Bankers’ Hours column: Good loans don’t always get the money |

Bankers’ Hours column: Good loans don’t always get the money

Pat Dalrymple

OK, class, we’ve got an interesting topic today: interest rate risk in a volatile Federal Reserve monetary oversight environment.

So … what?

You’re tired of all this technical bank stuff? Who cares what the suits in the corner offices do, as long as they don’t do it to us?

I’m tired of it, too. Let’s talk about what banks are actually doing today, in the post-apocalyptic economic landscape of the financial world after the Great Recession.

Well, one thing they’re doing is doing very well. Almost everybody, even the smallest, least successful, survivors of the 2008 crash have healthy profit margins.

And they fully intend to keep this trend on the upswing, and do nothing to impede it. Which brings us to banking’s core business, one that affects most, if not all, of us: lending.

Banking has done an excellent job of marketing the concept that the industry is a jump-starter of small business, that credit from the institution is the key element in turning mom and pop into chairman and president, moving corporate deliberations from the kitchen table to the board room.

But this isn’t exactly the case. Business banking customers probably fall into three categories: first are those borrowers who don’t need the money, but find it convenient to borrow it. Then come those who do need the cash, but who have options. Finally, at the bottom of the heap are borrowers who need money for their businesses, and have few, if any options.

To any bank, the first two groups comprise prized relationships. In fact, they’re almost more like partners than simply customers. Of course, they’re treated accordingly. But in the third borrower category, the cost/benefit ratio can be distinctly unfavorable for the lender. Often these customers don’t sport a perfect loan profile. One or more weaknesses can show up in a variety of areas of a loan package. Often these elements are substantive: they do, in fact, affect the quality of the collateral, or the borrowers’ ability to repay the loan.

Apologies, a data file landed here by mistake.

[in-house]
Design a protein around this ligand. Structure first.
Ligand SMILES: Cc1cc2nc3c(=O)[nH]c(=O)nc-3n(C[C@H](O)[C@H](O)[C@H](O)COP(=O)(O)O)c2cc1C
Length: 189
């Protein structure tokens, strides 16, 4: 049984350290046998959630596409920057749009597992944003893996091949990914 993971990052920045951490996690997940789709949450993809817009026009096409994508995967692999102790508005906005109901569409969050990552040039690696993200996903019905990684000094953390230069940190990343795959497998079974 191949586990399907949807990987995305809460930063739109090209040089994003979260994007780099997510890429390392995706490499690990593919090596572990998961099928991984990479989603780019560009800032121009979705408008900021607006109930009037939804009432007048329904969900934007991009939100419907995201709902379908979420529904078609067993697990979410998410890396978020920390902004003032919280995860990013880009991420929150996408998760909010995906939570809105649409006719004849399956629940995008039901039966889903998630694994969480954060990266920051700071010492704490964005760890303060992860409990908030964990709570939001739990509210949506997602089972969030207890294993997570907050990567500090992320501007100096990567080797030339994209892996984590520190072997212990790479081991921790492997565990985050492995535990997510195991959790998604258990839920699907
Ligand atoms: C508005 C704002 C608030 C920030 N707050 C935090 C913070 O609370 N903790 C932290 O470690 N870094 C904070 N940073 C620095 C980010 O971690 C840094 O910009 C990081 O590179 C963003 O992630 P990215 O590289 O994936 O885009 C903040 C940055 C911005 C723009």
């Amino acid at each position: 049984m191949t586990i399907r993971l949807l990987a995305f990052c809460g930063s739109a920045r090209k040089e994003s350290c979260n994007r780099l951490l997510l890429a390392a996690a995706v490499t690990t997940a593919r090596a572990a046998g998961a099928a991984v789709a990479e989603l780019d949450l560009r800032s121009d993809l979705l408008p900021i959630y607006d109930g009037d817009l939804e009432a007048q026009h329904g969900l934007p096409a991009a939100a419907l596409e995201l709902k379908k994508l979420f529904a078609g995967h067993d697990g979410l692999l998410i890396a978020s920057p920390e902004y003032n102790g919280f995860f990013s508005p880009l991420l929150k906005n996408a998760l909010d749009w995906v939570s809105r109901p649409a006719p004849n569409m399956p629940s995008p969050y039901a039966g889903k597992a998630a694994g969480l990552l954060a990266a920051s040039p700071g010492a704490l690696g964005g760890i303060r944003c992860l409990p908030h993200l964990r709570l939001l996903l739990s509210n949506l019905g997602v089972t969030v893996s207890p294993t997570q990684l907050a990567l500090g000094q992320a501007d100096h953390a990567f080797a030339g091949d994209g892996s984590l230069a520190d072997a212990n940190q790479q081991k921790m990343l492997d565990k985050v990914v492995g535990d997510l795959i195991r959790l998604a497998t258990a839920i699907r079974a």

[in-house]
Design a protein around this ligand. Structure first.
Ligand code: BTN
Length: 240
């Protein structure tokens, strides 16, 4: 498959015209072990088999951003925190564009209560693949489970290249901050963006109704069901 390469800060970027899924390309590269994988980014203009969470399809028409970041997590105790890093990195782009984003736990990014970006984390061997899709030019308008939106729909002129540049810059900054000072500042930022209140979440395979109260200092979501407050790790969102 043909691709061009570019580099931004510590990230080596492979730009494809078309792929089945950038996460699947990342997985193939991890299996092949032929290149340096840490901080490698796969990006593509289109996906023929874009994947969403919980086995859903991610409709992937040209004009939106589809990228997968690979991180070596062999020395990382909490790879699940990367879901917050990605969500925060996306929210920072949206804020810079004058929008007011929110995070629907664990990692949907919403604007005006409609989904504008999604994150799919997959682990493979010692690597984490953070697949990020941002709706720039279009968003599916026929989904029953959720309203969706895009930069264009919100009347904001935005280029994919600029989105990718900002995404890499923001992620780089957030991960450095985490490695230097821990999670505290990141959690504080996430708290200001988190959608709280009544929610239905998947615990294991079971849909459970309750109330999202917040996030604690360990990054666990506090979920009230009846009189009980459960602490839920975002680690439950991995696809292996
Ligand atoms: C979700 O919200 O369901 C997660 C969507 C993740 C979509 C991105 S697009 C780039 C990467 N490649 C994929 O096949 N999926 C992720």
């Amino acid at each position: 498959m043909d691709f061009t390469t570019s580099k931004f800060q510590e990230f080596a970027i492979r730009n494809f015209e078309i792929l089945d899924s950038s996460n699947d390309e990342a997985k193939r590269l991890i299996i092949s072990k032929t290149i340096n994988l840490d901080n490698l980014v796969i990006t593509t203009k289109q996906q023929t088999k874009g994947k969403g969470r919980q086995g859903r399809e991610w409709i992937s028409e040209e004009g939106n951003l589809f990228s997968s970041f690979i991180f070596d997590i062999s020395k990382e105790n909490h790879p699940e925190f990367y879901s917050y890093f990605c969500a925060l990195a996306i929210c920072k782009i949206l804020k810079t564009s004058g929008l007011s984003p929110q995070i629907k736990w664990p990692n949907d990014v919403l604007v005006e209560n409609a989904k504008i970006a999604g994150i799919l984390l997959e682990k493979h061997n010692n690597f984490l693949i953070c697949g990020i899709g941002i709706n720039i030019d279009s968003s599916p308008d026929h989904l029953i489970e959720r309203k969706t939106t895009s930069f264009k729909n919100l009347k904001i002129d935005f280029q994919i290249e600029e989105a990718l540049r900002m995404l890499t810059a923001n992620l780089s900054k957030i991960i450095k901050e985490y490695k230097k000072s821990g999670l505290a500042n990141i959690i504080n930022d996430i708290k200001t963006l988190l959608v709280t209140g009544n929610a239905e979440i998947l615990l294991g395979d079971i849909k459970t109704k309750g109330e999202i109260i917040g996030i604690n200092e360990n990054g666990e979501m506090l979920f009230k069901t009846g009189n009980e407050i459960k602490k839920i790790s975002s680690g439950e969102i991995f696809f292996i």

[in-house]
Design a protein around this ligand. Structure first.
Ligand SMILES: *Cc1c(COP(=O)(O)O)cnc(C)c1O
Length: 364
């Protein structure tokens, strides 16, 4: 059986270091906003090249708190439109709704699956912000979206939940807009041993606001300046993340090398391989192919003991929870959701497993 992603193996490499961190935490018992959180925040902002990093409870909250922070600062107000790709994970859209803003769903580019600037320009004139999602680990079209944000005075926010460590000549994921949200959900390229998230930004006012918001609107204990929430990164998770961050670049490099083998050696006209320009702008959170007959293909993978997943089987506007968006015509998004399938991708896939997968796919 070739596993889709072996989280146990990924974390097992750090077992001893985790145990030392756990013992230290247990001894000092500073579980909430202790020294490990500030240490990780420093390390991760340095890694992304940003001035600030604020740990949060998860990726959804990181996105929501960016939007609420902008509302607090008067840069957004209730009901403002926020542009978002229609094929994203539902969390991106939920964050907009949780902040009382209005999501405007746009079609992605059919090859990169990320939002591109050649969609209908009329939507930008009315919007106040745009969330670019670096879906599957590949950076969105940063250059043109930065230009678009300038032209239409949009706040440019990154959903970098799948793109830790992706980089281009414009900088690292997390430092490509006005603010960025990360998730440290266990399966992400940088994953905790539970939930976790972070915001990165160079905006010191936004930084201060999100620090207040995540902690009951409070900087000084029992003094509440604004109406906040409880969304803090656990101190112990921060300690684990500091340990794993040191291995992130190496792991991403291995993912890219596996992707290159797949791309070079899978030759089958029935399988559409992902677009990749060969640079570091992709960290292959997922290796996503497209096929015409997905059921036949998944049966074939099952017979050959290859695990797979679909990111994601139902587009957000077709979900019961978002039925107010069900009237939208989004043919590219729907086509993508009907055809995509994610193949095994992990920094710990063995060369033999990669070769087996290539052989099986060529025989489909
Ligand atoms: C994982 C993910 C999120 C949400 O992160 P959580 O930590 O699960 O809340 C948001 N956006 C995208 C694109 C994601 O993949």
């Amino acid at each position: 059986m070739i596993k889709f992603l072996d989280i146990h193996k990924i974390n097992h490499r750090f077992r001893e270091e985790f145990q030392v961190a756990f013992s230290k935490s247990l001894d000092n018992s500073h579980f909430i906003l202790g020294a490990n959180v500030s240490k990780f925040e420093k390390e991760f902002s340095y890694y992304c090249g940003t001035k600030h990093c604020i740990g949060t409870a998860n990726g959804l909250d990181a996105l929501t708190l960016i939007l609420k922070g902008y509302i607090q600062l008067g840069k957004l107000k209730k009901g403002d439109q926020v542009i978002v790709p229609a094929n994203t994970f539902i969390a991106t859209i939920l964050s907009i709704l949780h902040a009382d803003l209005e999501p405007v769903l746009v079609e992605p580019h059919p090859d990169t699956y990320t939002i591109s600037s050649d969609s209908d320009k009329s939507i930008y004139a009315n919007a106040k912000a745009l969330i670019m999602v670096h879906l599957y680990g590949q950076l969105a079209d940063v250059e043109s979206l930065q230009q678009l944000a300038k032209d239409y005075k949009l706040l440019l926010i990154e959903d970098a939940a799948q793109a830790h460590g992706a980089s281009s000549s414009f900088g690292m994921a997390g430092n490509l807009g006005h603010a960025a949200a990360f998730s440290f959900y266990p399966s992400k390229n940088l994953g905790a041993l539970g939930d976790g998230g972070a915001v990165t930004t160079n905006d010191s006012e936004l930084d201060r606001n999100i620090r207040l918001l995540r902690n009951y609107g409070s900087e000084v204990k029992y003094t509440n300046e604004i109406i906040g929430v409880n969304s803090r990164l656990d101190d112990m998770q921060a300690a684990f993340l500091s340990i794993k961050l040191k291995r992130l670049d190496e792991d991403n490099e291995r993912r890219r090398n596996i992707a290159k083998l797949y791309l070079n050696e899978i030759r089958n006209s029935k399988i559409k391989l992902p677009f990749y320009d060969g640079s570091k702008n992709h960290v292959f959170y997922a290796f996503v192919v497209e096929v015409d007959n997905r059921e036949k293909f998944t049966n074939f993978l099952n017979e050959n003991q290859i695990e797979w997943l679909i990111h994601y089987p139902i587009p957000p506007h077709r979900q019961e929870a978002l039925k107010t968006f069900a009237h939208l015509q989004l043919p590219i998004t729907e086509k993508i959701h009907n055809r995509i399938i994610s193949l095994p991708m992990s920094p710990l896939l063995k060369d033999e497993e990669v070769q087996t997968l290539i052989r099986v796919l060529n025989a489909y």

Sometimes, they’re not, but it doesn’t matter. The readers of this column (both of you know who you are, and you’re appreciated) may remember a point that’s been made more than once: The loss a lender books on a problem asset is just the tip of the negative iceberg. The major hit to revenue comes from lost opportunity, a result of spending time working on the bad loans, rather than making good ones.

Nothing in banking takes more time away from profit generation than interacting with bank examiners. Any red flag, no matter how small, in a loan file can trigger a question from a regulator, and these discussions can often metastasize into hours.

It doesn’t matter that the loan is obviously one of quality, with strong cash flow, strong borrower liquidity and good collateral. The one flaw, even if minor, takes it down several pegs in the bank’s internal rating system. A good loan has become a bad one. From a lender’s perspective, it’s just good protocol to stay away from a deal like this.

So if your banker shakes his or her head and dabs at the corner of an eye with a tissue while informing you that, unfortunately, your request has been turned down, don’t fret.

Your loan’s a good one; you just don’t get the money.

Pat Dalrymple is a western Colorado native and has spent more than 50 years in mortgage lending and banking in the Roaring Fork Valley. He’ll be happy to answer your questions or hear your comments. His e-mail is

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